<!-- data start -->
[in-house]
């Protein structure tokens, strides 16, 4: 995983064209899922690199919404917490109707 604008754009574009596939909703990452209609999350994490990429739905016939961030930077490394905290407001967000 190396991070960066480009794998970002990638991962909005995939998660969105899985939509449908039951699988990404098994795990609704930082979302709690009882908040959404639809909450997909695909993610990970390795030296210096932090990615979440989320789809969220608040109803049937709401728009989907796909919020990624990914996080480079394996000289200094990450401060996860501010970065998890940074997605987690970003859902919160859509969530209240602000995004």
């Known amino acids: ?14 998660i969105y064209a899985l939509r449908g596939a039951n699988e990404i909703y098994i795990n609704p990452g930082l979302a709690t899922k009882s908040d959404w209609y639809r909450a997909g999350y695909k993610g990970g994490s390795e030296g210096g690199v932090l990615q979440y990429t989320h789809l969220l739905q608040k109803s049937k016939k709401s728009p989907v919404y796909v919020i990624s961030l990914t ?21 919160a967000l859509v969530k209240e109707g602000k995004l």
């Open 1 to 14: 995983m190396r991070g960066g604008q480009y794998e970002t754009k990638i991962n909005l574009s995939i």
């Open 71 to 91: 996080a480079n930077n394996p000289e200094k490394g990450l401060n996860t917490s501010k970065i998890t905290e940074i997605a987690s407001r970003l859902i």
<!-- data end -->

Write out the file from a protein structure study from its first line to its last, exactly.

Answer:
[in-house]
């Protein structure tokens, strides 16, 4: 995983064209899922690199919404917490109707 604008754009574009596939909703990452209609999350994490990429739905016939961030930077490394905290407001967000 190396991070960066480009794998970002990638991962909005995939998660969105899985939509449908039951699988990404098994795990609704930082979302709690009882908040959404639809909450997909695909993610990970390795030296210096932090990615979440989320789809969220608040109803049937709401728009989907796909919020990624990914996080480079394996000289200094990450401060996860501010970065998890940074997605987690970003859902919160859509969530209240602000995004």
């Known amino acids: ?14 998660i969105y064209a899985l939509r449908g596939a039951n699988e990404i909703y098994i795990n609704p990452g930082l979302a709690t899922k009882s908040d959404w209609y639809r909450a997909g999350y695909k993610g990970g994490s390795e030296g210096g690199v932090l990615q979440y990429t989320h789809l969220l739905q608040k109803s049937k016939k709401s728009p989907v919404y796909v919020i990624s961030l990914t ?21 919160a967000l859509v969530k209240e109707g602000k995004l």
């Open 1 to 14: 995983m190396r991070g960066g604008q480009y794998e970002t754009k990638i991962n909005l574009s995939i």
């Open 71 to 91: 996080a480079n930077n394996p000289e200094k490394g990450l401060n996860t917490s501010k970065i998890t905290e940074i997605a987690s407001r970003l859902i």